Holmes, often labeled a conservative, left CNN as a contributor in 2009, and has also contributed to NBC's "Dateline" and ABC's "The View."

Beck will host a two-hour show on GBTV.

THAT respected political pundit Larry Sabato — director of the Center for Politics at the University of Virginia — now rates freshman Republican Rep. Allen West's re-election race a "toss-up."

His congressional district has voted Democratic in the past three presidential elections, and gave Barack Obama 52 percent of the vote in 2008. The district's boundaries may change due to redistricting, with Florida gaining two House seats.

West, a tea party favorite, made news recently when he sent an email calling Rep. Debbie Wasserman Schultz, chairwoman of the Democratic National Committee, "despicable" after she questioned his stance on Medicare.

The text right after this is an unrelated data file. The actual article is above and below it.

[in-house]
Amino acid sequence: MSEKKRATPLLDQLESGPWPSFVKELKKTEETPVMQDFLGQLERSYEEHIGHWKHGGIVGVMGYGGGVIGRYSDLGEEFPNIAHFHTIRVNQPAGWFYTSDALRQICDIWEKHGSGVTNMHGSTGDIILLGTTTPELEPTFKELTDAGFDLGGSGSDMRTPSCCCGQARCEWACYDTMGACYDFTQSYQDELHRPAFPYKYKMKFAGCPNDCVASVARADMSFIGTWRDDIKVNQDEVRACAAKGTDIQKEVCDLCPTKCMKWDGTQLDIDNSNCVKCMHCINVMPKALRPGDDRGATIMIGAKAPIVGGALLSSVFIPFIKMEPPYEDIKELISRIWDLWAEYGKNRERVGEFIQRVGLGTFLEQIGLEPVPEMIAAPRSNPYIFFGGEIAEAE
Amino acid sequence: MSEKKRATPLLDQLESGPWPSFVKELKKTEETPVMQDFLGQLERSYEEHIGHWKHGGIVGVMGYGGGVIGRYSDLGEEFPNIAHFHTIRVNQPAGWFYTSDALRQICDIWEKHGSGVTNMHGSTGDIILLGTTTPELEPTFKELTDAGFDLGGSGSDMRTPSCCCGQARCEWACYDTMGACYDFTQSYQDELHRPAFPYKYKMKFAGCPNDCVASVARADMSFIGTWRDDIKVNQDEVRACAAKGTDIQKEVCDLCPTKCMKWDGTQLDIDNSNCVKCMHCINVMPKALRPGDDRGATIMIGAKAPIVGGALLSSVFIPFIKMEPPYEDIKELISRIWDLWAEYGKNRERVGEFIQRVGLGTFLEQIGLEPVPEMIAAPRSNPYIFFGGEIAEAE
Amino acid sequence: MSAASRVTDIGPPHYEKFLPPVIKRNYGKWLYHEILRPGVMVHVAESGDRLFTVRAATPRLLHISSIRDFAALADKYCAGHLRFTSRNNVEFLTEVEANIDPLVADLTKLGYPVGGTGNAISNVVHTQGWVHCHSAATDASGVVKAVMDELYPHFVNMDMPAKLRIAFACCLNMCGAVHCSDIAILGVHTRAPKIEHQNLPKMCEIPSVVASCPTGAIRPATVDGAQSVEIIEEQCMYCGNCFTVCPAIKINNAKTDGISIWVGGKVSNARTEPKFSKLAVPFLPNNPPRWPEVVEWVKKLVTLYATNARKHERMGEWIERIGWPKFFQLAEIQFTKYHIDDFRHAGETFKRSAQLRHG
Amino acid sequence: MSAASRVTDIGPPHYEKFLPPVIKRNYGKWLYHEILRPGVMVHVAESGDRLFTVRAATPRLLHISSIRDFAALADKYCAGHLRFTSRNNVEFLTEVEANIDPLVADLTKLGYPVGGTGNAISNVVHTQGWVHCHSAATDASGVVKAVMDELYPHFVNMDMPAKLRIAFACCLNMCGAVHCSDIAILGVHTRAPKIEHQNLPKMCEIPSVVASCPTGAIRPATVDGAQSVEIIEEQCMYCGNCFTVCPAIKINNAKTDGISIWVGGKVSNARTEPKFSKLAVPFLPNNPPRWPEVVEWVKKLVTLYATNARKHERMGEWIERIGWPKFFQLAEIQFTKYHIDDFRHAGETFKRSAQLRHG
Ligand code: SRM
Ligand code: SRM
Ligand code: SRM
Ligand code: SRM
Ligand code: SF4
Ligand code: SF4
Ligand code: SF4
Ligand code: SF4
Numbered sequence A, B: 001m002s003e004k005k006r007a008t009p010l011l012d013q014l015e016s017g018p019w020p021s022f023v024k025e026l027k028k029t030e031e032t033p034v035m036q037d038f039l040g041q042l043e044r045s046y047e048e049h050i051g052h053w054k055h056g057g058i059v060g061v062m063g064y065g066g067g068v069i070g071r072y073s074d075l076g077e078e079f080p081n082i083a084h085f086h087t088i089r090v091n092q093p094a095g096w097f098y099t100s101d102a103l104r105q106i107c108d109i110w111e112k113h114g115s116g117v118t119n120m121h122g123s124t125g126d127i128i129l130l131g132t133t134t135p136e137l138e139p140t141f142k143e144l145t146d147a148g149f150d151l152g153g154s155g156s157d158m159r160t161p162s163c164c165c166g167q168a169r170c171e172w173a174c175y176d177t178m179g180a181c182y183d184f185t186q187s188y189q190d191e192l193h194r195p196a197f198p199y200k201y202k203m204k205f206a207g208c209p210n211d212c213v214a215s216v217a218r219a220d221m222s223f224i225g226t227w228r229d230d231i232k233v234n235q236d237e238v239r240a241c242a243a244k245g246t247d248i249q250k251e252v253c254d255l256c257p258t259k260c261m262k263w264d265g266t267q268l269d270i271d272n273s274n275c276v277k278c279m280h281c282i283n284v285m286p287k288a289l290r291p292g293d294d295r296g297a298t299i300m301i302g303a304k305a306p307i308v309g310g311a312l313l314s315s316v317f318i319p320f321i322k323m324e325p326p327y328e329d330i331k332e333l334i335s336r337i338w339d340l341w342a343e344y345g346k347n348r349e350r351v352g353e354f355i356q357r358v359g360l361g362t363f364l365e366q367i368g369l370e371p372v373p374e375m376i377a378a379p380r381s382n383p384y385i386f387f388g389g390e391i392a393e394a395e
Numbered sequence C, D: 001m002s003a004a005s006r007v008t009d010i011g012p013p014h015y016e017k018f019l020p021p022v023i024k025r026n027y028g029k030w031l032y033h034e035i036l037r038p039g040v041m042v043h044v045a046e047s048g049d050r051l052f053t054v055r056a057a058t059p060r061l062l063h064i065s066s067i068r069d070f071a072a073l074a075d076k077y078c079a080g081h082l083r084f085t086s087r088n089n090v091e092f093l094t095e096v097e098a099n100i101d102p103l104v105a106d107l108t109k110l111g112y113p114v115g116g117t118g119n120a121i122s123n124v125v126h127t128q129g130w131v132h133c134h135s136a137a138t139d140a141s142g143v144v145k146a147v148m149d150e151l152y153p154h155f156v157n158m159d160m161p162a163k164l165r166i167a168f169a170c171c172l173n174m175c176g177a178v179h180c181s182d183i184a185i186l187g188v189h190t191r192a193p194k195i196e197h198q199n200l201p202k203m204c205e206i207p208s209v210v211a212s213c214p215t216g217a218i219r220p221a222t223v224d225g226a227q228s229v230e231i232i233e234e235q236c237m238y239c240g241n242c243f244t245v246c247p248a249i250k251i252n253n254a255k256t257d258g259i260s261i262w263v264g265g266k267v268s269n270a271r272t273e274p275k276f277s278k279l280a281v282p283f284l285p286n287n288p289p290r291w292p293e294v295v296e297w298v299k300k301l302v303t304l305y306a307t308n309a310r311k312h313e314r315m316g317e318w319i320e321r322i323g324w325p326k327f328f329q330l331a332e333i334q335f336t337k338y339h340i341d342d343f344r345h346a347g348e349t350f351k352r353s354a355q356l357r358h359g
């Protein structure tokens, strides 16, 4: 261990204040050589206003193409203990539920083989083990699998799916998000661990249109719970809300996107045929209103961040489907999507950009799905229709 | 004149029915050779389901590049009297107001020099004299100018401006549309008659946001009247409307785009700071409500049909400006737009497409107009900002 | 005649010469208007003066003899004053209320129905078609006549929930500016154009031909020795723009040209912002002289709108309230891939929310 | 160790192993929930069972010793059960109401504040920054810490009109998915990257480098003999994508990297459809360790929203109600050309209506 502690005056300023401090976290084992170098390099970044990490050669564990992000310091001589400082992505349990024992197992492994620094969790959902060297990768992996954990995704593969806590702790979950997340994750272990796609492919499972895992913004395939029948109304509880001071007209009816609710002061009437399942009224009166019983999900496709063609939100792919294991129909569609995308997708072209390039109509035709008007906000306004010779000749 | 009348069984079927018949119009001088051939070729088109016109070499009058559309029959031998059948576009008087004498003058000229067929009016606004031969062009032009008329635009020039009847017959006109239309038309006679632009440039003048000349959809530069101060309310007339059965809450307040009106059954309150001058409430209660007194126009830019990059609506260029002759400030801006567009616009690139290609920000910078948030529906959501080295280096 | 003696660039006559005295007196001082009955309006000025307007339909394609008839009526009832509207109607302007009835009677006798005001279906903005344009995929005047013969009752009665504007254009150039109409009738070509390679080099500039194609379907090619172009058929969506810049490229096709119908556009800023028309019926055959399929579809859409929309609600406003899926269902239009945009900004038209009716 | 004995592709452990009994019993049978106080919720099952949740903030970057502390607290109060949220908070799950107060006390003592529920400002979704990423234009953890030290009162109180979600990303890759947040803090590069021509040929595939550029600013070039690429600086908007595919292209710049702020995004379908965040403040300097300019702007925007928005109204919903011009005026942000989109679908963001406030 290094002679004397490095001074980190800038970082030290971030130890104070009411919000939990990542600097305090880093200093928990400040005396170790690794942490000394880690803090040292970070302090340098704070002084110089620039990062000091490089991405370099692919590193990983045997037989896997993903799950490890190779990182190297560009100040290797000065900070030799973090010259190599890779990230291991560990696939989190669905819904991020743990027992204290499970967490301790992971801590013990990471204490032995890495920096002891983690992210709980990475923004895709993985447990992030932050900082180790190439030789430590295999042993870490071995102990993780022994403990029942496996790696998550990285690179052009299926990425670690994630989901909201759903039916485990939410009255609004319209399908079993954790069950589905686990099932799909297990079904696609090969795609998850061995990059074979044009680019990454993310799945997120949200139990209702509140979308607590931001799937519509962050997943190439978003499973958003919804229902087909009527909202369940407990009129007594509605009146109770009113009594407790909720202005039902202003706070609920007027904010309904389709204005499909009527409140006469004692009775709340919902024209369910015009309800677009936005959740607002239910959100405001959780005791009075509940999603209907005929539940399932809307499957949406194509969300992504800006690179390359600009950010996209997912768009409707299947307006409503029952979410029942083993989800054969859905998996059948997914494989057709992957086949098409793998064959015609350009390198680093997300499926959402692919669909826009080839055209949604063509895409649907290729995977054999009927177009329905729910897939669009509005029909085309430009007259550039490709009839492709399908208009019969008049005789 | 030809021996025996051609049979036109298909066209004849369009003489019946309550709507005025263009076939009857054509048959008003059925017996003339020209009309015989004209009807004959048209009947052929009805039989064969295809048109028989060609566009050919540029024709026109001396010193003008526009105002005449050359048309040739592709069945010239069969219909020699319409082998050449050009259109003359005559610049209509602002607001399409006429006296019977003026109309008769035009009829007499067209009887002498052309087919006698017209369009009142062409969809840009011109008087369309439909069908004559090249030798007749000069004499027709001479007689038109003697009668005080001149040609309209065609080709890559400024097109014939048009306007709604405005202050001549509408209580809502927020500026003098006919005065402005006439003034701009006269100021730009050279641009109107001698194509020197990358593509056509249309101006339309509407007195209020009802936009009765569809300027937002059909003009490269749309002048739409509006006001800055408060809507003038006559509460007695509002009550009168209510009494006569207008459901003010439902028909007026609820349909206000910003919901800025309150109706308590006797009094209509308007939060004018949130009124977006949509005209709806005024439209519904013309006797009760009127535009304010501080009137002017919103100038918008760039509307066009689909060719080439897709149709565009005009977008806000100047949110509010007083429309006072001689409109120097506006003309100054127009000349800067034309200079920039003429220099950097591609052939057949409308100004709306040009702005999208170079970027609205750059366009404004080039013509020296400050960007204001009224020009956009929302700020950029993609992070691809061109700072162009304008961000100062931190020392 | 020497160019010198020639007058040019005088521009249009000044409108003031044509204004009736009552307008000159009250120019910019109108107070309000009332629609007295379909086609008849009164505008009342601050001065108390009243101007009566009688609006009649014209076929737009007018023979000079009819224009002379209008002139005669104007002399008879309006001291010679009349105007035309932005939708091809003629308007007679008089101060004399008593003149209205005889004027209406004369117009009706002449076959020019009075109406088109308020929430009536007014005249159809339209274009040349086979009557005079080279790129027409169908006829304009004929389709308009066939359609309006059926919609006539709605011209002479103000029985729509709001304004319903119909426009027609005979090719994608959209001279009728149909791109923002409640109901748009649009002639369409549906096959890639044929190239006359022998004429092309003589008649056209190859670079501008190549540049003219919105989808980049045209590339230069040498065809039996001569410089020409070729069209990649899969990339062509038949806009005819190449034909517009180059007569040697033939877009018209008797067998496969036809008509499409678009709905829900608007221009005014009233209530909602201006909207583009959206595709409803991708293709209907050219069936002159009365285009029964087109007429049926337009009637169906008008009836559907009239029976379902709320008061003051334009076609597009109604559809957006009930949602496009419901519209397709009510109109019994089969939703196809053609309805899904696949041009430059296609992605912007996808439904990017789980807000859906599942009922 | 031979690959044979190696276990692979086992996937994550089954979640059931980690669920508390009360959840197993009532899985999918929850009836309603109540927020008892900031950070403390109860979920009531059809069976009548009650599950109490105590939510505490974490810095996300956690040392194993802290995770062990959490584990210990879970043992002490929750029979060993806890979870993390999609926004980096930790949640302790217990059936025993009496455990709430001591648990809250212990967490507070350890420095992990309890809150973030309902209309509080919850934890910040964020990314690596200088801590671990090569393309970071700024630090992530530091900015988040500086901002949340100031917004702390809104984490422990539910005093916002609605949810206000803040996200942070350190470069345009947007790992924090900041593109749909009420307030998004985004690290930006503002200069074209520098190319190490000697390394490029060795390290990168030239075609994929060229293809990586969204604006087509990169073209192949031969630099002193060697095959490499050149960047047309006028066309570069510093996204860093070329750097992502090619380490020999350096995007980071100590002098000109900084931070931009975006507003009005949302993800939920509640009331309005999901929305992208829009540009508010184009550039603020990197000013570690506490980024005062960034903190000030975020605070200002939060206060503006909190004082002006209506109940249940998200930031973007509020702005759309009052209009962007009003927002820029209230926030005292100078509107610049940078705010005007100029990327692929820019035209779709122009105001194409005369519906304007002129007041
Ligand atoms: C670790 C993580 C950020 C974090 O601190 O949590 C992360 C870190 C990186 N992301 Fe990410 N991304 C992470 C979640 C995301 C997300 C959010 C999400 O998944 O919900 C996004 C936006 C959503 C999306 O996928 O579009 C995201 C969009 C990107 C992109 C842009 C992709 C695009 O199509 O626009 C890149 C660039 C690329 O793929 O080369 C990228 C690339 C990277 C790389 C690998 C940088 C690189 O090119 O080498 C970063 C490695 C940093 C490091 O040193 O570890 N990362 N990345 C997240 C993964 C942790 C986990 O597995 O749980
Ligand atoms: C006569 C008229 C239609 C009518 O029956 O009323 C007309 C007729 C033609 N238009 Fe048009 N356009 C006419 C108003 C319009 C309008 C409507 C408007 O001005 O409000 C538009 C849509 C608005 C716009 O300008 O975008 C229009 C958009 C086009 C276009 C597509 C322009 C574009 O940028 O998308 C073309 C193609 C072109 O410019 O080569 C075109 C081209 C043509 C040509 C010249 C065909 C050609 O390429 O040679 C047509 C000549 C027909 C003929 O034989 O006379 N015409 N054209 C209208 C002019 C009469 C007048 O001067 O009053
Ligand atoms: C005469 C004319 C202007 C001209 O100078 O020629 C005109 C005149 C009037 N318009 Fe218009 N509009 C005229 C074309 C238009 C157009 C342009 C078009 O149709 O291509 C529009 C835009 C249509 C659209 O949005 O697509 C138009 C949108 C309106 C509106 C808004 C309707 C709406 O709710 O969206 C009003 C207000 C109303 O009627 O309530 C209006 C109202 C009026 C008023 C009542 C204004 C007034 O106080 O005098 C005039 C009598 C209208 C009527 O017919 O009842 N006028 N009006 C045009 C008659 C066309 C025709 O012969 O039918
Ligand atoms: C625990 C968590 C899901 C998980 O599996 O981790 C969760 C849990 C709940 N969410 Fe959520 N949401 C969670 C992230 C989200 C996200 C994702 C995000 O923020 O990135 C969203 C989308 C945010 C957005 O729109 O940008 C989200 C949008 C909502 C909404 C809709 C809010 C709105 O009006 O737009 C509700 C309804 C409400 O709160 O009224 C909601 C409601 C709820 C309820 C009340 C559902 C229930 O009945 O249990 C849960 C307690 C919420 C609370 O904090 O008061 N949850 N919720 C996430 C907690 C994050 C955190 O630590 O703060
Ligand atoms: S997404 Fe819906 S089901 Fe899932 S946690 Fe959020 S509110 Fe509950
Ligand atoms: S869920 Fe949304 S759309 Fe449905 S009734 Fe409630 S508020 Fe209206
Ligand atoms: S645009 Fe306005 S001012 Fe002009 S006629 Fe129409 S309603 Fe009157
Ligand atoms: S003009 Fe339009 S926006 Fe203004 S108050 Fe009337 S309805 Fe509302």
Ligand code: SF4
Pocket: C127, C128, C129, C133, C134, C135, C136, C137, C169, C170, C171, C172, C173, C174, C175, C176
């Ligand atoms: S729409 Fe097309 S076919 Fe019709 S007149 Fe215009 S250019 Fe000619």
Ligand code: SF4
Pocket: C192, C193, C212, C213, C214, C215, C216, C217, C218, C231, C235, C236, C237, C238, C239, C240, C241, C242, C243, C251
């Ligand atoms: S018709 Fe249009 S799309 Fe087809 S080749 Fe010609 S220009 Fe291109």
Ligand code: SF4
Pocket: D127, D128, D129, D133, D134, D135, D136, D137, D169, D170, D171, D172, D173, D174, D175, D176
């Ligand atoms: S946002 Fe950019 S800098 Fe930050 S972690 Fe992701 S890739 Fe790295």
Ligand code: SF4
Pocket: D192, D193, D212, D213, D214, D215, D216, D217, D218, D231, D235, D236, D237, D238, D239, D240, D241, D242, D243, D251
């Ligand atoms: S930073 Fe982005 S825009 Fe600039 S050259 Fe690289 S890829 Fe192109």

Two Democrats have already announced that they will seek the nomination to oppose West in 2012: former West Palm Beach Mayor Lois Frankel, and newcomer Patrick Murphy.

THAT former Vice President Dick Cheney will give NBC News the first interview tied to the release of his memoir, "In My Time."

Cheney will be interviewed by Jamie Gangel on a special edition of "Dateline" on Aug. 29 at 10 p.m. Eastern, then will be interviewed live by Matt Lauer the next morning on "Today," Media Bistro reports.

Cheney's book is scheduled for release on Aug. 30.

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Insider Report Headlines (Scroll down for complete stories):1. Al Gore Goes Nuts in Aspen Speech2. Higher Education Called America's 'Next Bubble'3. Muslims Give Obama 80% Approval Rating4. EPA Rules Raise Threat of Power Blackouts5. Desperate Democrats Push 'Made in USA'...
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Monday, 15 August 2011 12:17 AM